When Persistence Pays Off

“It’s never too late to follow your dreams.”

By Carolyn Culbertson

Photo by Kate Bowie


Wildewood Downs is a gated retirement community made up of cottages and apartments lining a road that circles around to assisted living, long-term care, and rehabilitation units. The person in charge of admitting almost all of the residents and facilitating their integration into this charming community is Chanitra Clisby, whose kind, calm demeanor balances the busy atmosphere perfectly.

Clisby, 41, has a cool sense of self-confidence and self-possession tempered by a warm, candid take on her life. In her office, a fan softly whirs across her desk, where she sits facing a window overlooking the busy, bustling hallway outside.

Clisby is familiar with staying focused and grounded as life whirls around her. At 19, she lost her husband. “My husband passed away probably a month before our first anniversary, so my life started out young,” she says. At the time of her husband’s passing, she had a young son to take care of, so she had to put her dreams of entering the medical field on hold. “I always knew that I wanted to go to school, but there was so much going on then that I had to wait till I was older and a little more settled.”

It’s now or never

She eventually put her plans into action. “I kind of said, ‘Look, I can do this’ and I just put my foot down and went for it,” she said. “I was sleep-deprived, but I kept going till I got it.” Contributing to her sleep deprivation was her being pushed and pulled by the rigorous demands of pharmacy school, so much so that she ended up switching to a master’s in business administration to focus on hospital administration.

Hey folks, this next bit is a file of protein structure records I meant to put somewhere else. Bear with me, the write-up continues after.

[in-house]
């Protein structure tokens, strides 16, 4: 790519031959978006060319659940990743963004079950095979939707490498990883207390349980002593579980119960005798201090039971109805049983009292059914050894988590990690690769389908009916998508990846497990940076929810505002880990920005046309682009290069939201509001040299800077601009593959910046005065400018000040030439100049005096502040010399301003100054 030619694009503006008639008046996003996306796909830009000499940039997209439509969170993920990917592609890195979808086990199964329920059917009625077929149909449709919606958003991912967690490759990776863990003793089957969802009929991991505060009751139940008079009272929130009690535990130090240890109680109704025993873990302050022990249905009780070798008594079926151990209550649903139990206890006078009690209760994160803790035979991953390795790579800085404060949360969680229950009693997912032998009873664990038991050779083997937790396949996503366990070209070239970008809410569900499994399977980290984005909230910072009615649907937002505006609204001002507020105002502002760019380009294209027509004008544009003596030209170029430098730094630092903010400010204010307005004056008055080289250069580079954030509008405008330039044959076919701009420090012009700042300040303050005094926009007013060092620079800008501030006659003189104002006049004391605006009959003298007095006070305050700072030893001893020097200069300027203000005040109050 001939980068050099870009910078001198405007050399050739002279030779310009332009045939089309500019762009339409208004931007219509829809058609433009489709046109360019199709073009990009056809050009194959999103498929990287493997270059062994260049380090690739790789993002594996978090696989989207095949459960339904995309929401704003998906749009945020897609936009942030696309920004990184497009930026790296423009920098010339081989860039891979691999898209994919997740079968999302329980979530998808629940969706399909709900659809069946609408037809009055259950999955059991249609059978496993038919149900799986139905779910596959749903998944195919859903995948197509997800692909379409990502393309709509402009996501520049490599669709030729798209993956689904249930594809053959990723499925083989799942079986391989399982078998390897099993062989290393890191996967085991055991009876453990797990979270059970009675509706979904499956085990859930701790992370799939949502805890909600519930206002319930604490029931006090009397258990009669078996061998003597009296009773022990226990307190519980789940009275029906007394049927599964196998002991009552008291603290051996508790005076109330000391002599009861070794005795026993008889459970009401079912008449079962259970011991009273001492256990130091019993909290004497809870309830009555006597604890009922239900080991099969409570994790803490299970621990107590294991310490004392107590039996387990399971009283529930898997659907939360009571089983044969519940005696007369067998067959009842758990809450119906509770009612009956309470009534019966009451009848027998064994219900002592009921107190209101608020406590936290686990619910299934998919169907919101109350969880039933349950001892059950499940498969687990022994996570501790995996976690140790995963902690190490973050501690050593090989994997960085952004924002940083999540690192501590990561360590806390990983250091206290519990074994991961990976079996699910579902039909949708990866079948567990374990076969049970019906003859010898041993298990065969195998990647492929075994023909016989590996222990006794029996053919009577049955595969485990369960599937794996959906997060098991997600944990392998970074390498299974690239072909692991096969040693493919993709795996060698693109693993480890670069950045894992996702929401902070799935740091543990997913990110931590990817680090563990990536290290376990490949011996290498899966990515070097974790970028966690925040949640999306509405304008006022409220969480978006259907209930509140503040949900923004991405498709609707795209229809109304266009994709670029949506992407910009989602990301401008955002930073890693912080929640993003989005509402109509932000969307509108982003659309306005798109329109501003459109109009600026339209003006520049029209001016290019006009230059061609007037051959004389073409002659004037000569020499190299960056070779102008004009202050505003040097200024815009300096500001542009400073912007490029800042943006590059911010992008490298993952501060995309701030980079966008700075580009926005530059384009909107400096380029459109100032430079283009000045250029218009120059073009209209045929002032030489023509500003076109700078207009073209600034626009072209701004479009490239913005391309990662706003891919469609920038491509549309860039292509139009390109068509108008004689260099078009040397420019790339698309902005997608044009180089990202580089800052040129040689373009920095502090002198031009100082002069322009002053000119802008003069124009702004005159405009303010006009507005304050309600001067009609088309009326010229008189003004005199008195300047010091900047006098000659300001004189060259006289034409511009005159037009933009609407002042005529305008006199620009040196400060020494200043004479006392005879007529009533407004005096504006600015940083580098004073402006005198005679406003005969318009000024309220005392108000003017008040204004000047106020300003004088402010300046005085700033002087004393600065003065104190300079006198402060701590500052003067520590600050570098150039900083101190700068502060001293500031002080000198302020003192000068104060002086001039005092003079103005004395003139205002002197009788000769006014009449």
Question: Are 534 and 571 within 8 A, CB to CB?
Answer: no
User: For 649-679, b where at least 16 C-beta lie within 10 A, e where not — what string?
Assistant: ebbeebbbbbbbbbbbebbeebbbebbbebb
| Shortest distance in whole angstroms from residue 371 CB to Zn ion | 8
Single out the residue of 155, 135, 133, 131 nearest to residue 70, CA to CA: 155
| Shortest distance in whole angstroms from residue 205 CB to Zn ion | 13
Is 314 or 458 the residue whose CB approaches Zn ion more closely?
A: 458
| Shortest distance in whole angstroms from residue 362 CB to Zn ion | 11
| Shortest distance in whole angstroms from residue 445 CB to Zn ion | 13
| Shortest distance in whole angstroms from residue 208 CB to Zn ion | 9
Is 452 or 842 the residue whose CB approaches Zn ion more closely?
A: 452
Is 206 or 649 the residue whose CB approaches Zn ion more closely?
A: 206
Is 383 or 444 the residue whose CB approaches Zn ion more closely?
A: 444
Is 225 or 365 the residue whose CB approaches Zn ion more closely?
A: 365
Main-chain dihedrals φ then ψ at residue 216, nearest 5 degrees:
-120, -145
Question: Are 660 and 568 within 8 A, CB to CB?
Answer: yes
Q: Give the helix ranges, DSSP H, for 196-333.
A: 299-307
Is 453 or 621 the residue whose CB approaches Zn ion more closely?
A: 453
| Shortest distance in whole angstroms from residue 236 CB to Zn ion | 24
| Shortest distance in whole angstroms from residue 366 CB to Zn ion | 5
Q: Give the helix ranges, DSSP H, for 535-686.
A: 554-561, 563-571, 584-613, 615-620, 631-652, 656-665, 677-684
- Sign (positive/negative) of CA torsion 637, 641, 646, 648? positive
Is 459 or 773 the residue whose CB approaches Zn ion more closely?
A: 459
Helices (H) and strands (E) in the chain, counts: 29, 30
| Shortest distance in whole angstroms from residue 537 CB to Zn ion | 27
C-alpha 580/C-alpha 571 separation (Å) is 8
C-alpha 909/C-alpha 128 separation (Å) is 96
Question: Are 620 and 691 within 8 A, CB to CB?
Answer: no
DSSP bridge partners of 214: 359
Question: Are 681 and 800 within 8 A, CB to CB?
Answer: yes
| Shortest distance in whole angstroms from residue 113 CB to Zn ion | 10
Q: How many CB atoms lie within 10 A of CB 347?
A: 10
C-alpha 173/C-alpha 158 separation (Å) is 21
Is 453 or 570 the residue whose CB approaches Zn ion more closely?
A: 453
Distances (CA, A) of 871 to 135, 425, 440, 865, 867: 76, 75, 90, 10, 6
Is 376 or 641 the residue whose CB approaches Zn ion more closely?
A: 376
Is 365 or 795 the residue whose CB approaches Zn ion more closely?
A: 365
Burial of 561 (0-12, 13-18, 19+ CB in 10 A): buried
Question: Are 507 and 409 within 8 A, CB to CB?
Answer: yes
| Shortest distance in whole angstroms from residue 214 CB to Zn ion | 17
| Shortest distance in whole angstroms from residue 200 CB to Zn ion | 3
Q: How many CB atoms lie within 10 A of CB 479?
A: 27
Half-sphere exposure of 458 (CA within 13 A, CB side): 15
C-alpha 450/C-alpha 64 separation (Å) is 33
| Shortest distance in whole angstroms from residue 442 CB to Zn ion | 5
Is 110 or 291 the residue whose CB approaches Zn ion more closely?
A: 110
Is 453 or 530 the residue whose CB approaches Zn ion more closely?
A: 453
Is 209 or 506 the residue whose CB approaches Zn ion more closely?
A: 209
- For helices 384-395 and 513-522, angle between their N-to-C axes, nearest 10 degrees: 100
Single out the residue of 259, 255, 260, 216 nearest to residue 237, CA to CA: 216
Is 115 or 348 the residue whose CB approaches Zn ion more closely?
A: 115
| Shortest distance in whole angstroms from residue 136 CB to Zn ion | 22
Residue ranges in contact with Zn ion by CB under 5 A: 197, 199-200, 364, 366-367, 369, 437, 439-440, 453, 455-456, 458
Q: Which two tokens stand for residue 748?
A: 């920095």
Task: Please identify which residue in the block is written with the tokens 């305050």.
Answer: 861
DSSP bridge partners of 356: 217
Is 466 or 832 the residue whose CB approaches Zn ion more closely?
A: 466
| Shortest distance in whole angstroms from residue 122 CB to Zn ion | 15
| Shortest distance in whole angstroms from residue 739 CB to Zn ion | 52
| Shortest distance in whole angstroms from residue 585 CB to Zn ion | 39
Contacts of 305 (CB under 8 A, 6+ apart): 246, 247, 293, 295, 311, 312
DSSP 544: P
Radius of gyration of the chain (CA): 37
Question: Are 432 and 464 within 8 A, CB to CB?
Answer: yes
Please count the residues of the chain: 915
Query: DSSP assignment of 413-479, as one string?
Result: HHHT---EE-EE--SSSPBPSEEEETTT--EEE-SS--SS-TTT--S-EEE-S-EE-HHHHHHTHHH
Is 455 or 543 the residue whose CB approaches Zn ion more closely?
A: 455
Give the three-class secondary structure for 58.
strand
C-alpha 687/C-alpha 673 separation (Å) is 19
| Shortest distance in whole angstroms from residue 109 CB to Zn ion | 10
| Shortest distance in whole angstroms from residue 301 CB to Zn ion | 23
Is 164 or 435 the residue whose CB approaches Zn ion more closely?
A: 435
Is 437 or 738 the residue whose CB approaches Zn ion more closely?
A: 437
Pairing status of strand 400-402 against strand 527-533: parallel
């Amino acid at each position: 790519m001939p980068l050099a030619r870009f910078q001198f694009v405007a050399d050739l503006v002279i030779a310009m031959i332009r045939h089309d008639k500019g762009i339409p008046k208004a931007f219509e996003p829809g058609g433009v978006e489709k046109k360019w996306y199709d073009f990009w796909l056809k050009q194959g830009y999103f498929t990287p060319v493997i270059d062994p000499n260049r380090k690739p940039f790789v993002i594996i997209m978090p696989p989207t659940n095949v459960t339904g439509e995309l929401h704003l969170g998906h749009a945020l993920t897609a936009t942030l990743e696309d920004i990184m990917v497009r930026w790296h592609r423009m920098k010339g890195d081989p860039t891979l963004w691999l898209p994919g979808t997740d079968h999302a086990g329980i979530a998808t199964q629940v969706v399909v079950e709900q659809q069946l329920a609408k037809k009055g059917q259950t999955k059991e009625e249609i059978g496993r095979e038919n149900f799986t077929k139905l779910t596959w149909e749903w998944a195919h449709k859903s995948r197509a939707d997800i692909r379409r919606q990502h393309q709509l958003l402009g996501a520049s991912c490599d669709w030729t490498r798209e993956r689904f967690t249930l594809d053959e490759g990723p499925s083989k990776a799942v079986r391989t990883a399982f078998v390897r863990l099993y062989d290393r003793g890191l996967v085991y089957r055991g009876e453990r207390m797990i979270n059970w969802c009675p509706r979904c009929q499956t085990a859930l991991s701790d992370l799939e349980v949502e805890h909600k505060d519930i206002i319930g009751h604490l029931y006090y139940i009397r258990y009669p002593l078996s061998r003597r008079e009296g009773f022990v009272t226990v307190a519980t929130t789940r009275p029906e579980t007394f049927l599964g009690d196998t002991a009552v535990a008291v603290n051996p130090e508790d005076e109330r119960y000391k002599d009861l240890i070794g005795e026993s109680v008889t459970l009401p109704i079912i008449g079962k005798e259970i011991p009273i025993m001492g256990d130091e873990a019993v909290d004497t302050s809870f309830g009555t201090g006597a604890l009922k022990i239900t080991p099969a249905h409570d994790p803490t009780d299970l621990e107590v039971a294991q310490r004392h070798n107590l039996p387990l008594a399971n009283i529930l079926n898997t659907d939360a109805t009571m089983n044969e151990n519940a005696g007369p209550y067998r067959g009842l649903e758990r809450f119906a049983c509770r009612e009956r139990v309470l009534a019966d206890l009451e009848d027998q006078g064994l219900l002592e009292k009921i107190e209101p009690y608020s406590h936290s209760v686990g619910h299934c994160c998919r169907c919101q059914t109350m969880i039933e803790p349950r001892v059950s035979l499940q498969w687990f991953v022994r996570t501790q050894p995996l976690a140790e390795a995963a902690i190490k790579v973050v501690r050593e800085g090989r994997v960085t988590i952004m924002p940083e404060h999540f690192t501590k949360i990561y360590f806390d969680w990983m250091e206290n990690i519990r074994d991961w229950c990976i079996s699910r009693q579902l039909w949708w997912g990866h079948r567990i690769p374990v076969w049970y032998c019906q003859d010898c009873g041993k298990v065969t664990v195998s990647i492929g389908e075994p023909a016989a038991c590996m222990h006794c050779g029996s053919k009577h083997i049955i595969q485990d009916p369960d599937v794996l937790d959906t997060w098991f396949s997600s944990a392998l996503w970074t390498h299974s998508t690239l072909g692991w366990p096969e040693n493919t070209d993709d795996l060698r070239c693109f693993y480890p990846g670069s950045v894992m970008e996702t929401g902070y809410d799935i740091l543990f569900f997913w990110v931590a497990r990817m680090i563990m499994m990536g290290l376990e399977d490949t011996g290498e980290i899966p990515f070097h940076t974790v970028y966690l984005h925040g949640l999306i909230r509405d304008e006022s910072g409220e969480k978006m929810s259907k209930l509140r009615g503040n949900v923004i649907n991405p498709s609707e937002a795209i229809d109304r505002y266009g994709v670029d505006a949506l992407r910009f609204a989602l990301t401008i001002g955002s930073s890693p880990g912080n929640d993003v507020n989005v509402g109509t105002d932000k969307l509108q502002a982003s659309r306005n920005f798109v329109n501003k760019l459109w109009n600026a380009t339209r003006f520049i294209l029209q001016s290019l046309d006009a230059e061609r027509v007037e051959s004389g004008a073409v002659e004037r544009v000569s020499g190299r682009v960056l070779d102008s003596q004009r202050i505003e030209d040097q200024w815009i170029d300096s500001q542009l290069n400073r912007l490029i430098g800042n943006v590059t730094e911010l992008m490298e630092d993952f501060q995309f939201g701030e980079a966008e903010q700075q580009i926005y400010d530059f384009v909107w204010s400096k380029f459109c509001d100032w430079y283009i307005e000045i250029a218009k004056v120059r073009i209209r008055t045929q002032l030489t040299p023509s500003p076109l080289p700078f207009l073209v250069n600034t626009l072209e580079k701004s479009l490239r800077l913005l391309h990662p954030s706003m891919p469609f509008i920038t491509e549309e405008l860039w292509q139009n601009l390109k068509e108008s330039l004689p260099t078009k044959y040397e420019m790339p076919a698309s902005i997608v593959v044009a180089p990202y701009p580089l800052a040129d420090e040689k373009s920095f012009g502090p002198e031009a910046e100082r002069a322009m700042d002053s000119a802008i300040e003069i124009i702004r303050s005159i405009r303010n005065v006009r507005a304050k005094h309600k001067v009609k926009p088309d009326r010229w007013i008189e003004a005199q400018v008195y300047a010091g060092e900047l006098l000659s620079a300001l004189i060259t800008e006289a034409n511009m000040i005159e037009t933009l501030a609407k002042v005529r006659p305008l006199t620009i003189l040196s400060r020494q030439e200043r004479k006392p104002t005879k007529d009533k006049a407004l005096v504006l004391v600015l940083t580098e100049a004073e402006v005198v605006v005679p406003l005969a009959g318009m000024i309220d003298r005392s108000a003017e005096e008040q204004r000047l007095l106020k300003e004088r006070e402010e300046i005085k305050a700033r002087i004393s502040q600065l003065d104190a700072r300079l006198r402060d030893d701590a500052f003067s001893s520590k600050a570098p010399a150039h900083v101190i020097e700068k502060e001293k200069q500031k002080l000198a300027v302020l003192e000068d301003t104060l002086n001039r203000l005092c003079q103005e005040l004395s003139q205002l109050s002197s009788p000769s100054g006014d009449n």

All the while, she was raising two young children and working full-time.

Looking back on all that was going on in her personal, academic, and professional life, Clisby remembers one of the big moments that turned things around for her. She met a 70-year-old woman in the same academic program who left a lasting impression on her. “You’re never too old to follow your dreams,” Clisby says. “It’s never too late to follow your dreams.”

Patient persistence

Now, Clisby’s own dreams are materializing. She says her ultimate goal is to work as a hospital administrator, for which her current role at Wildewood Downs as admissions coordinator couldn’t be more relevant. She credits the people and events in her life that helped her grow. For eight years Clisby was the med tech supervisor at Wildewood Downs. Although she was overqualified by, quite literally, several degrees, Clisby allowed the position to open doors and she gained valuable skills in the meantime. Working directly with the residents, who call her C.C., has now helped her on the administrative side of their work: “I think it’s very different when you have that one-on-one interaction. It gives you more insight on what their needs are and how you approach them,” she says.

More than that, Clisby was biding her time until an opportunity relevant to her broad career goals arose. When the admissions coordinator position opened up, Clisby’s mentors within the company and the search committee thought she was perfect for the job. The time had come and she jumped in: “I had to push myself to get out of my comfort zone,” she says. “The help of others also pushed me. They told me they saw me doing bigger things.”

As admissions coordinator, Clisby stays very busy and motivated. “When I say I walk from nine to five, I walk all day long,” she says. Whether getting patients oriented to the community, going over paperwork, or meeting with concerned family members, she stays up and moving.

At home, she’s just as busy with two teenagers, a 21-year-old son and a newborn grandchild. Although she never remarried after losing her first husband, she has a significant other. “My life is full,” she says through her robust laugh.

Encouraging others

For Clisby, focus, endurance, and persistence have kept her feet on the ground as she pursues her dreams. This is a result of remembering where she came from and looking to the future, “I’ve had a lot of sleepless nights; I’ve had a lot of sad nights,” she says. “I think you just have to tell yourself it will all be worth it in the end.”

And, remembering what it was like to pursue a career in healthcare as a single mother, Clisby advises getting experience in the field, shadowing people like herself if possible. “I know where I came from. I know where I started,” she says. “I would help anyone get to where they need to be.”

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